How Castor Oil May Help Support Toenail Fungus

How Castor Oil May Help Support Toenail Fungus

Toenail fungus by Queen of the Thrones

How Castor Oil May Help Support Toenail Fungus

Written by: Heather Tanti R.P.N (non-practicing)

Reviewd by: Melanie Swackhammer B.A.
Est. reading time; 15 minutes

In the world of personal wellness, few things can be as bothersome and persistent as the struggle with toenail fungus. The relentless battle against this common, yet stubborn condition has led many individuals searching for natural remedies, seeking alternatives to conventional treatments. Can you relate?

Among these alternatives is Castor Oil, emerging as a promising addition to one’s self-care routine by offering potential relief towards fungus-free nails. But, before we dive into the benefits of Castor Oil, let’s first understand the adversary we’re  exactly is toenail fungus and what causes it?

What causes toenail fungus?

Have you ever wondered what causes toenail fungus? It seems like one day you were enjoying healthy, normal colored nails that you confidently sported in your open toe sandals, but then the next thing you know it seems like they’ve morphed into thick, yellowed strangers… What gives?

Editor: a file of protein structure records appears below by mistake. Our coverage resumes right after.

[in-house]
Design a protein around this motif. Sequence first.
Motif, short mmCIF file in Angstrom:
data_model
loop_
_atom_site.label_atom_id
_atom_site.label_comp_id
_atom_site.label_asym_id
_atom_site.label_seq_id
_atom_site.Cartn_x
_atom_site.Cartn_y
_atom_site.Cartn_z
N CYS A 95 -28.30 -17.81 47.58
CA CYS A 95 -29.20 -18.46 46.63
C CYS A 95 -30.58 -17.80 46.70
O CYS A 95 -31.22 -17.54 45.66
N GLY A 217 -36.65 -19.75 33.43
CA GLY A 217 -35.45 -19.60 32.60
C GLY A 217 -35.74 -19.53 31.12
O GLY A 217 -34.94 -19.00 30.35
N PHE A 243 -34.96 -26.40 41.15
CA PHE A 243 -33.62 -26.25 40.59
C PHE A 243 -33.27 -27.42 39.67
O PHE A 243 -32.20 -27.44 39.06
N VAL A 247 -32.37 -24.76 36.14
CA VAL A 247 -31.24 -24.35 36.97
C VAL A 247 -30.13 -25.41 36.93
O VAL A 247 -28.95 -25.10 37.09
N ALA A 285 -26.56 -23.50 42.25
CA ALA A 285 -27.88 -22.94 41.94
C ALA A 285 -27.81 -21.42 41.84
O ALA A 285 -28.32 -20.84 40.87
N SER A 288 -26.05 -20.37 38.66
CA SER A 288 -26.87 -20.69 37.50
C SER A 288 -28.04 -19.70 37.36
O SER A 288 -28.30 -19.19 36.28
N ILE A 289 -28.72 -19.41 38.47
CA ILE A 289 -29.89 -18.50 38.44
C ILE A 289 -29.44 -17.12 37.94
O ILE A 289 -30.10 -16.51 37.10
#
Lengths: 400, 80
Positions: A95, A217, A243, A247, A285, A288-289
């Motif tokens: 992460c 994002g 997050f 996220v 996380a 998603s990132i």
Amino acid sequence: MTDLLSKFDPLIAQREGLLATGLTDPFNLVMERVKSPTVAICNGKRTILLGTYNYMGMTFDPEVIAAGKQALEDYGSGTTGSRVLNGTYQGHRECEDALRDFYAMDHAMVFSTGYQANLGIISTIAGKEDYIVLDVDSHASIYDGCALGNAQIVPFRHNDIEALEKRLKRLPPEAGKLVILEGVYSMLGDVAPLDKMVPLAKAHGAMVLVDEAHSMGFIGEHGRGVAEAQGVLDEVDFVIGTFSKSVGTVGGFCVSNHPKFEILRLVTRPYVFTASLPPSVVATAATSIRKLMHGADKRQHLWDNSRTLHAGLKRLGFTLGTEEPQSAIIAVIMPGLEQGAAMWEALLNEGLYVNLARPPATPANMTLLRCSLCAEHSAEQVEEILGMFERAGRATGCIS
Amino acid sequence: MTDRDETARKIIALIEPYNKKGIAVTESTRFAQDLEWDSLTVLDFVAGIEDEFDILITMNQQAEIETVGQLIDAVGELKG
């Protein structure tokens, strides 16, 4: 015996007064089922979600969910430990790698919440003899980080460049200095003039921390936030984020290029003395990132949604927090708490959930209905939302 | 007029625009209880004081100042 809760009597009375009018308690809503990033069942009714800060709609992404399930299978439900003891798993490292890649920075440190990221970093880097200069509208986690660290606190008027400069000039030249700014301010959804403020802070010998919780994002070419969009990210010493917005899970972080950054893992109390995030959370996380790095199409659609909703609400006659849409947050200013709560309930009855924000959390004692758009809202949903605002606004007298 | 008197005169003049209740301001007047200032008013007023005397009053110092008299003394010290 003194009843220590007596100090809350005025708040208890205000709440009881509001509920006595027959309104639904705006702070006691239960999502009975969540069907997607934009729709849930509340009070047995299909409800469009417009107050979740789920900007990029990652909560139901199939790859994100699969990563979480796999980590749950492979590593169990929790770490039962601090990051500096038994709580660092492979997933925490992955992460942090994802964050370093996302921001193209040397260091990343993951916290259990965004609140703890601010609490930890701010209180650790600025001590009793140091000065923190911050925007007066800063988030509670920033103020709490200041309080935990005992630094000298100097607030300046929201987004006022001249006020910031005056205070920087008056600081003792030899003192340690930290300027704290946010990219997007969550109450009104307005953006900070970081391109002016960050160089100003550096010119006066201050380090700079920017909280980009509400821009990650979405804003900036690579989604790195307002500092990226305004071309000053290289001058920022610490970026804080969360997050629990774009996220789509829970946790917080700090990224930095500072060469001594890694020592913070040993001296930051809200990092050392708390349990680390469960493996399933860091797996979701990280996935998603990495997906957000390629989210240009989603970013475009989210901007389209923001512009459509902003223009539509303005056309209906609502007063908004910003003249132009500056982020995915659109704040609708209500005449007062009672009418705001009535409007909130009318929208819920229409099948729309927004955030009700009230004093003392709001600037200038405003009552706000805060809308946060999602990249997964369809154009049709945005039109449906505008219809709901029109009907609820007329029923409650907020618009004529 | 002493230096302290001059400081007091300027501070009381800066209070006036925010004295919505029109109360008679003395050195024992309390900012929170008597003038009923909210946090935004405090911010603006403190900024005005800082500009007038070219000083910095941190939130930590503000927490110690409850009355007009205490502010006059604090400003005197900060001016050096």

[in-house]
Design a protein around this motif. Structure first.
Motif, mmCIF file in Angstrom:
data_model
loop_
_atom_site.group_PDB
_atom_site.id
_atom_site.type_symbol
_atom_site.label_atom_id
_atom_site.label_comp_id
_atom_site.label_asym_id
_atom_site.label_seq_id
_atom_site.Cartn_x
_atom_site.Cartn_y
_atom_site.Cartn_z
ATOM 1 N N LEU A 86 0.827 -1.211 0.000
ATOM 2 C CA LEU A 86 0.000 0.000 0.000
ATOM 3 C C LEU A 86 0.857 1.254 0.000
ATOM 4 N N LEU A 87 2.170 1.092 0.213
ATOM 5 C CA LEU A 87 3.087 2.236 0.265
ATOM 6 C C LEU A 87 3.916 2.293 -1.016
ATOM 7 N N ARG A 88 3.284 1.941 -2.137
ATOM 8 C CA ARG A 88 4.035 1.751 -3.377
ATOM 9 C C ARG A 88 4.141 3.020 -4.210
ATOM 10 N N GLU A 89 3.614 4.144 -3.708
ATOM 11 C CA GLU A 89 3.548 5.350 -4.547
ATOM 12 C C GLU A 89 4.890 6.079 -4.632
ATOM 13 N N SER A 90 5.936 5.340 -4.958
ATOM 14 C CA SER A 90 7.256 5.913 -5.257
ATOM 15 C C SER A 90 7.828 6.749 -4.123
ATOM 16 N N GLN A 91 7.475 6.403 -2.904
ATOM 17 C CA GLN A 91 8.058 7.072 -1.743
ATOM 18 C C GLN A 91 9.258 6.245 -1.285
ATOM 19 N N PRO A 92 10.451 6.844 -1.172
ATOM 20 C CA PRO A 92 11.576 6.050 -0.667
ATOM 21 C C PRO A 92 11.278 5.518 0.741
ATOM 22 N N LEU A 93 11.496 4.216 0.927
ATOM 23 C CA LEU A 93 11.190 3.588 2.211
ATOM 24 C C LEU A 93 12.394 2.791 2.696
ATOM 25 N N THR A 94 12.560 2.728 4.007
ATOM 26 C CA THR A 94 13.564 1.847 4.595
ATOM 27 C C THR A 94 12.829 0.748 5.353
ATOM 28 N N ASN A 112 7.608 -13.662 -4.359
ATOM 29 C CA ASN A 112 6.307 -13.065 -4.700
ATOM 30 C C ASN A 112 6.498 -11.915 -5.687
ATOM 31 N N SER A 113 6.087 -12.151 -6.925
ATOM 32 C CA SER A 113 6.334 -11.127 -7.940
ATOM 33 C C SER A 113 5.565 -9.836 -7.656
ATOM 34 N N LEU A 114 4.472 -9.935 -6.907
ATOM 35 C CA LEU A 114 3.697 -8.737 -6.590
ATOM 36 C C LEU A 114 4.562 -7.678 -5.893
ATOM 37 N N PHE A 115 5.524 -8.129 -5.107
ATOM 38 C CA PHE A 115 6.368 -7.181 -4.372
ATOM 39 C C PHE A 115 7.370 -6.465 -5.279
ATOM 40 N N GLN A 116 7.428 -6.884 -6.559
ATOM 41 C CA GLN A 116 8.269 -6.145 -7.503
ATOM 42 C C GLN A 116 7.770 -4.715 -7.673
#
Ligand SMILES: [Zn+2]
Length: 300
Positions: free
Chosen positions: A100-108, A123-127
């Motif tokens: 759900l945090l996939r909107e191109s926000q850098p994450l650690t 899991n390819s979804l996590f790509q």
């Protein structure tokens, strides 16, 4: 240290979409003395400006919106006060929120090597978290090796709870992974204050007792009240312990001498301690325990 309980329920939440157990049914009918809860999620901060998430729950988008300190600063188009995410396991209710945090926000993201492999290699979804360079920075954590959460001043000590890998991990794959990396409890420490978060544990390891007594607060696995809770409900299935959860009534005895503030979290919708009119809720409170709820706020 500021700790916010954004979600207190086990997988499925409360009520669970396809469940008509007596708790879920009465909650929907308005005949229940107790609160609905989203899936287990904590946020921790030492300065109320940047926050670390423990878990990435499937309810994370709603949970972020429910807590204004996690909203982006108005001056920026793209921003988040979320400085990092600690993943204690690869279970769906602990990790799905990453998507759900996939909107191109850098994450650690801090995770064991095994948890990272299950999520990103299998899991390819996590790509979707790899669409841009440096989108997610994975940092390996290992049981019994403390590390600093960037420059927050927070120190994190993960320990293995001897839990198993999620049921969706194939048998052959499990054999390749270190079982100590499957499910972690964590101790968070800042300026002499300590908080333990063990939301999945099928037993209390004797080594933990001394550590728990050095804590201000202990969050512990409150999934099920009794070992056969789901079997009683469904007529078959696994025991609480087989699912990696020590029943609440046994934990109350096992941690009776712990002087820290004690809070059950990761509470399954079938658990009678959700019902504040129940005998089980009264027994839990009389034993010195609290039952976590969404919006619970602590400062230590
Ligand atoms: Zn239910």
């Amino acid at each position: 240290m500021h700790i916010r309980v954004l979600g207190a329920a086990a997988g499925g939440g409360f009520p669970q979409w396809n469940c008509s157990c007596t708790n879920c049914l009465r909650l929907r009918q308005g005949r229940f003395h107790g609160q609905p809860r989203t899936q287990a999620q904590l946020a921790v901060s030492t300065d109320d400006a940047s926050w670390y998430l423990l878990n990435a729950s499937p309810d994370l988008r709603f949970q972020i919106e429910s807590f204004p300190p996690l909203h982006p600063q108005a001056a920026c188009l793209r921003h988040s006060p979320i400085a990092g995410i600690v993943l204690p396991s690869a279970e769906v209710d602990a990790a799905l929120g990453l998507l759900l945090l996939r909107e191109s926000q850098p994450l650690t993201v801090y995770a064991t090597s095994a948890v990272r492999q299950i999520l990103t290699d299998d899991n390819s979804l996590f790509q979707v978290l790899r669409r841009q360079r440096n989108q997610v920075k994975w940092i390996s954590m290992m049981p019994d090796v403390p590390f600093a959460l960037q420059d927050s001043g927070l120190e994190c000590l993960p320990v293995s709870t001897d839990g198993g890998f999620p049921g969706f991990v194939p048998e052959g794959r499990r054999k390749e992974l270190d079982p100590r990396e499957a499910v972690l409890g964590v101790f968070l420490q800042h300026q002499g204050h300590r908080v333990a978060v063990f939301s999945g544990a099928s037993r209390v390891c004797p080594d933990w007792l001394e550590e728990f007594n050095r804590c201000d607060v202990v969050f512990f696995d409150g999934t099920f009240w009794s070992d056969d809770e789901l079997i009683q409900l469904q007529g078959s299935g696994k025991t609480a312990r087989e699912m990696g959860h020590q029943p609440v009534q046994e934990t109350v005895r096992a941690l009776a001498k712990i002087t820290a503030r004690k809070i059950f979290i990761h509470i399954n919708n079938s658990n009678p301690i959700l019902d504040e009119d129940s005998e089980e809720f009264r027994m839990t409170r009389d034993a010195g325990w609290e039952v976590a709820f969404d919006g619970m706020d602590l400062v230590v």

Toenail fungus, also known as onychomycosis , is a common fungal infection of the nail that commonly affects toenails (90%) and fingernails (75%). The main culprits are dermatophytes (a type of fungi that can infect and thrive on the skin, hair, or nails), like Trichophyton mentagrophytes and Trichophyton rubrum.1

Various types of fungi found in the environment can lead to fungal nail infections. When there are small cracks in your nail or the nearby skin, these fungi can enter, triggering an infection.

Factors that may increase risks of toe nail fungus by Queen of the Thrones
Fungal nail infections can affect anyone, but certain individuals, such as older adults and those with specific conditions, may have a higher likelihood of developing such infections.

Factors that may increase the risk include2-3:

      • Nail injury or foot deformity
      • Trauma
      • Weakened immune system
      • Venous insufficiency (poor leg circulation) or peripheral arterial disease (reduced blood flow to arms or legs)
      • Fungal skin infections on other body parts

    Now, let’s get into the different types of toenail fungus that may be present.

Types of toenail fungus

I know what you’re thinking, “there’s more than one type of toenail fungus?” Unfortunately yes, in fact, there are four main types of fungus that might be wreaking havoc on your nails: